160
UNIT 3
Organ Systems
A
Myocardium
Myocardium
Myocardium
Endocardium
Endocardium
Endocardium
Myocardium
M
y
o
c
a
r
d
i
u
m
Myocardium
Figure 9-3A.
Layers of the heart wall: endocardium, ventri-
cle.
H&E,
3
68
The wall of the heart is much thicker than the wall of the large
vessels and is composed of three basic layers, as are the blood
vessels:
endocardium
(equivalent to the
tunica intima
),
myocar-
dium
(equivalent to the
tunica media
), and
epicardium
(equiva-
lent to
the
tunica adventitia
). The
endocardium
is the innermost
layer of the heart wall, which lines the lumen of the heart. This
layer consists of
endothelium
(simple squamous epithelium),
subendothelial connective tissue
, and
subendocardium
. The
subendocardium is in contact with the cardiac muscle and con-
tains small coronary blood vessels, nerves, and
Purkinje ±
bers
in certain areas (Fig. 9-4A). Some adipose cells are also pres-
ent within the connective tissue. The endocardium provides a
smooth lining for the four chambers of the heart and provides a
covering for the
AV valves
.
B
Nuclei of the cardiac muscle cells
Nuclei of the cardiac muscle cells
Nuclei of the cardiac muscle cells
Branched
Branched
cardiac muscle
cardiac muscle
Branched
cardiac muscle
Intercalated disk
Intercalated disk
Intercalated disk
Figure 9-3B.
Layers of the heart wall: myocardium, ventri-
cle.
H&E,
3
272; insets
3
786
Myocardium
is the thickest layer of the heart wall and makes up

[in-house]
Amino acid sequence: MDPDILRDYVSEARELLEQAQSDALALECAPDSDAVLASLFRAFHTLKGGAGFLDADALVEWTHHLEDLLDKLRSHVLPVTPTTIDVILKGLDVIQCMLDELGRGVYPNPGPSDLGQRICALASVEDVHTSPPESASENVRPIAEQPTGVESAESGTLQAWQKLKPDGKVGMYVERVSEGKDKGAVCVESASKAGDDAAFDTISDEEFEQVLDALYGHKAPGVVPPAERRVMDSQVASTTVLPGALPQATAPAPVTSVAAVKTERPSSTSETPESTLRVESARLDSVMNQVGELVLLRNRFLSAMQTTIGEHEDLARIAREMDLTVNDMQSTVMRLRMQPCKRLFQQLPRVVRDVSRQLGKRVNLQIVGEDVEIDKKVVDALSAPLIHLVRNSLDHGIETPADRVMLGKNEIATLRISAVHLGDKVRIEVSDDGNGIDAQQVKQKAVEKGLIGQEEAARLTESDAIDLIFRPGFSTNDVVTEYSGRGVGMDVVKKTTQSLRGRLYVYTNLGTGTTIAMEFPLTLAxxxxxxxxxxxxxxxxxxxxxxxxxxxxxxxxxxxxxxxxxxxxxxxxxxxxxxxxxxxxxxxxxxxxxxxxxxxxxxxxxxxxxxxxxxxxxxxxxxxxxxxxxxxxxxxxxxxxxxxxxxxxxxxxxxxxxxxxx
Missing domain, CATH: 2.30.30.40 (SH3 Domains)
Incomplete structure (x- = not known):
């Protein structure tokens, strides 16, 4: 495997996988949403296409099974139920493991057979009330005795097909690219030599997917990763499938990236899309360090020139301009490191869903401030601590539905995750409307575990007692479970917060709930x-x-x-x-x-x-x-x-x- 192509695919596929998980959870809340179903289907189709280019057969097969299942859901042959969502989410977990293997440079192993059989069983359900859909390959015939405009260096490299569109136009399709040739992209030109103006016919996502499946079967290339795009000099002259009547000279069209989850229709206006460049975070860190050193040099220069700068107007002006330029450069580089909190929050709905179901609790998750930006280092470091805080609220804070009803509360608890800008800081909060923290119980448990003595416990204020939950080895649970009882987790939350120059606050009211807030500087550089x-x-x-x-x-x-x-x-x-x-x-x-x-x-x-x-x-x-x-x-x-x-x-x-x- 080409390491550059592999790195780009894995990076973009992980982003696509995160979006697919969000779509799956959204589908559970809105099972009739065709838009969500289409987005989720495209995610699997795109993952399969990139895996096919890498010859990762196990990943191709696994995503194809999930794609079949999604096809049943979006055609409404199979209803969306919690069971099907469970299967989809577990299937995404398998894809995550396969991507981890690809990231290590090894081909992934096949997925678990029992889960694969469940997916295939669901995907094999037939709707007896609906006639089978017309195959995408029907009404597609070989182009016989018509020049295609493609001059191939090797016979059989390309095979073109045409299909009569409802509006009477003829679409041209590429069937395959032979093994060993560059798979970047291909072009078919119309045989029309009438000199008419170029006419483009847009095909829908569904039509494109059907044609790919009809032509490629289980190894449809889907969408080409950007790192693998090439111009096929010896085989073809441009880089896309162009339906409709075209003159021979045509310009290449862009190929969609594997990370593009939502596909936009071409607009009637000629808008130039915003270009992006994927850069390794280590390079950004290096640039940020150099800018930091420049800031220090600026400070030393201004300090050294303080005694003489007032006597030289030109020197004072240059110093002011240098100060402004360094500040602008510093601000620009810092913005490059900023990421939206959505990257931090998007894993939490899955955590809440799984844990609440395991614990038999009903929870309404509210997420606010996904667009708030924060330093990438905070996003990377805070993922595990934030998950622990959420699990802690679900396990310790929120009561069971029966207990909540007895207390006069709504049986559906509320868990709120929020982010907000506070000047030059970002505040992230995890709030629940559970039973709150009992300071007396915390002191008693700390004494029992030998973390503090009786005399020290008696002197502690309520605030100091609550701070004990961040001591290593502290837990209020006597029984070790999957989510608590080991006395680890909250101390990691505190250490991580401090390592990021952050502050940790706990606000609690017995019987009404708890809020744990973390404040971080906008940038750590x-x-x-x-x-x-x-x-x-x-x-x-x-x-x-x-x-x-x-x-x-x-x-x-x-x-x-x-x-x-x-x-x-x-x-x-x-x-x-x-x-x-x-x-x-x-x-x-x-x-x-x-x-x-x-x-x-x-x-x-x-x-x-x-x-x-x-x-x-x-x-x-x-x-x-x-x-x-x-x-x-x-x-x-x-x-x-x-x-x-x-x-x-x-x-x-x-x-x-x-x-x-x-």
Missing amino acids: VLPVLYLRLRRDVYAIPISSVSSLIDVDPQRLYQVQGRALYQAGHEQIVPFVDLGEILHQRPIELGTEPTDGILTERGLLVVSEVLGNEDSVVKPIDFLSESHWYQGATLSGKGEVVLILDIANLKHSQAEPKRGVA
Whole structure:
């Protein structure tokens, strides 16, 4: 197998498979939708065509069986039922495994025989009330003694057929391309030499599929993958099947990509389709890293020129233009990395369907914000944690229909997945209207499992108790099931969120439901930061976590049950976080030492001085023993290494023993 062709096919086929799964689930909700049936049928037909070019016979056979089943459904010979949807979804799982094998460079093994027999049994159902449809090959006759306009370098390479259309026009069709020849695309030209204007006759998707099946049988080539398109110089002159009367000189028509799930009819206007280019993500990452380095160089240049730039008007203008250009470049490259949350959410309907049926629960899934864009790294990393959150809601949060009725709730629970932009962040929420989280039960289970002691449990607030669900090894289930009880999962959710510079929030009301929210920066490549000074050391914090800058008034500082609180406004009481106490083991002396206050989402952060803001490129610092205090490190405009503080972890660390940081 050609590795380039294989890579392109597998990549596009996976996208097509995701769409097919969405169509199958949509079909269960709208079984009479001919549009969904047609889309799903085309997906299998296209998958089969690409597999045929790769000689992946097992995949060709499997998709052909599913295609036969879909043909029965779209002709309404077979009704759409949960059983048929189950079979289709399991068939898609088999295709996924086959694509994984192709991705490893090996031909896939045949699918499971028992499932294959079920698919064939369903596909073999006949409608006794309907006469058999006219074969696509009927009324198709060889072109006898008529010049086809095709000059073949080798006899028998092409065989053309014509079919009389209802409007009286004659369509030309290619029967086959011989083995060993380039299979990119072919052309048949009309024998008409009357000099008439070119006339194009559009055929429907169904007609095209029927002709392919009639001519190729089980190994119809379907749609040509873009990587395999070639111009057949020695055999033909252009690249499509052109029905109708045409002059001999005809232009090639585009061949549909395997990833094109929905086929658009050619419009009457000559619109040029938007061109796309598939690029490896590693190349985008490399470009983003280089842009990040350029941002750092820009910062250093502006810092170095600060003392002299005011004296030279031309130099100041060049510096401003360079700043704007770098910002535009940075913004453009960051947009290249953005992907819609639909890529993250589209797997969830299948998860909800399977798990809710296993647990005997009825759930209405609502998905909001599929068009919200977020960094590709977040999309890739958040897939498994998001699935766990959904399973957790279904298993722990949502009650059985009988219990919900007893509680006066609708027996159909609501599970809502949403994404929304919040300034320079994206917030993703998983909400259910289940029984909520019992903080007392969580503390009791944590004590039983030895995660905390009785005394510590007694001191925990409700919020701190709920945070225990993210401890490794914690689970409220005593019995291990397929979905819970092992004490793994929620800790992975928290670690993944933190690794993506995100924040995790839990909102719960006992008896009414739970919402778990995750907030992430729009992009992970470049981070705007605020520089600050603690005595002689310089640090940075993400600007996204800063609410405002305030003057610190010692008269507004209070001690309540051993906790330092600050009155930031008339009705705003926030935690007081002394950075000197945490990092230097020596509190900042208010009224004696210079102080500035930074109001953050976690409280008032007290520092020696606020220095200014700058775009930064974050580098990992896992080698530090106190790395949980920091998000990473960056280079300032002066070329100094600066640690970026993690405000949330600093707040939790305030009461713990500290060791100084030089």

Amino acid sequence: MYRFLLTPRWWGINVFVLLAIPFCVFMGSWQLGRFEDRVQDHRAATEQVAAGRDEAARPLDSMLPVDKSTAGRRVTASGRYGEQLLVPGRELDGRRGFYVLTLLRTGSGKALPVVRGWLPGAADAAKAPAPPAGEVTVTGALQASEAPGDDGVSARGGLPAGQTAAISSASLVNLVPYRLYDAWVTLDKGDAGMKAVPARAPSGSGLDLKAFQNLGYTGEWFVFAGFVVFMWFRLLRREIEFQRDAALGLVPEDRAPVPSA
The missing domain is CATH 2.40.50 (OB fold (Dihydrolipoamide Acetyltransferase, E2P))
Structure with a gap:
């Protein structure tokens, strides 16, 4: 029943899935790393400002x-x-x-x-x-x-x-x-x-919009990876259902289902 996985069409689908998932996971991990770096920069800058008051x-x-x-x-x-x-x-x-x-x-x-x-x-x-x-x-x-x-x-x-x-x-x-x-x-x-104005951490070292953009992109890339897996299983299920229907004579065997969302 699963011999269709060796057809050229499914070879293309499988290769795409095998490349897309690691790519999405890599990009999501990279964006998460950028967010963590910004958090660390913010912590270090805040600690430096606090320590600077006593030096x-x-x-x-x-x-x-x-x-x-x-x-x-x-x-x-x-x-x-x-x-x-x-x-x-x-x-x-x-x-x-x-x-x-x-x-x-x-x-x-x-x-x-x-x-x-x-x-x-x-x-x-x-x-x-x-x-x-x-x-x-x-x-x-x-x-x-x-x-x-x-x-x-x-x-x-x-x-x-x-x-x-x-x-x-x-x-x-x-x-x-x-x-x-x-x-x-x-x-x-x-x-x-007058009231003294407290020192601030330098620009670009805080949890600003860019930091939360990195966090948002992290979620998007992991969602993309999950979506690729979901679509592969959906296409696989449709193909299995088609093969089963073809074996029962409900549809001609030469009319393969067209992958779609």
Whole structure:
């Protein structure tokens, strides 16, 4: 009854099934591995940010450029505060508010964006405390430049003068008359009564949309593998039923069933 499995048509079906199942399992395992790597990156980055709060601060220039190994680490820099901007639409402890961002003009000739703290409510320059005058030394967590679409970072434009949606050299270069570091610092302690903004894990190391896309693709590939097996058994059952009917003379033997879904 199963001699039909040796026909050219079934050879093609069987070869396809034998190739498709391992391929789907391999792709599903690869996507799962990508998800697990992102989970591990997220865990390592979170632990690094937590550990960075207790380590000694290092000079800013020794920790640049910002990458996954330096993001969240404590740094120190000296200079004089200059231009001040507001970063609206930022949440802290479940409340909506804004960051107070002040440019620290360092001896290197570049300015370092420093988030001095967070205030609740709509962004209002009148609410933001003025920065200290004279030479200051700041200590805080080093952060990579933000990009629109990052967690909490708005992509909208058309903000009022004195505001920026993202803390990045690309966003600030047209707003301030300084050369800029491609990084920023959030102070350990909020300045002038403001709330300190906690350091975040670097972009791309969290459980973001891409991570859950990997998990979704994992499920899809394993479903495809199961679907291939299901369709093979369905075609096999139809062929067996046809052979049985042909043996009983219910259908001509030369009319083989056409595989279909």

the bulk of the heart. It consists of
cardiac muscle cells
that are
arranged in branching columns. The ends of the cardiac mus-
cle cells are connected to each other by
intercalated disks
. The
inset
shows cardiac muscles with their characteristic striations
and an intercalated disk (Fig. 9-4A). These muscles contract
to pump blood out of the ventricles of the heart and distribute
blood to the tissues and organs of the body. Myocardium of the
left ventricle wall is the thickest because of the fact that it must
pump the blood a great distance and overcome the high pressure
and resistance of the systemic circulation. In general, the atria
have thinner walls than the ventricles. Myocardium of the right
atrium is the thinnest because of the relatively low pressure and
resistance of the blood circulation.
C
Epicardium
Epicardium
(visceral layer)
(visceral layer)
Myocardium
Myocardium
Epicardium
(visceral layer)
Myocardium
Lumens of the
blood vessels
Figure 9-3C.
Layers of the heart wall: epicardium, ventricle.
H&E,
3
68
Epicardium
surrounds the heart. It is a layer of connective tissue
that contains nerves, blood vessels, and adipocytes. The inner
surface of the epicardium is connected with cardiac muscle, and
the outer surface is covered by
mesothelium
(see Fig. 3-2) that
faces the
pericardial cavity
. Mesothelium secretes a fl
uid known
as
pericardial fl uid
, which provides lubrication and reduces fric-
tion between the
epicardium
(
visceral pericardium
) and the
pari-
etal pericardium
during the movements caused by heart contrac-
tion. Epicardium covers and protects the heart and allows small
blood vessels and nerves to pass through to provide nutrients
and nerve innervation.
Pericardial effusion
refers to excess fl
uid in the pericardial
cavity due to infl
ammation of the pericardium (
pericarditis
);
hemopericardium
is a condition in which blood is trapped in
the pericardial cavity. In either case, compression of the thin-
walled atria and vena cava can result in cardiac tamponade
and failure of circulation.
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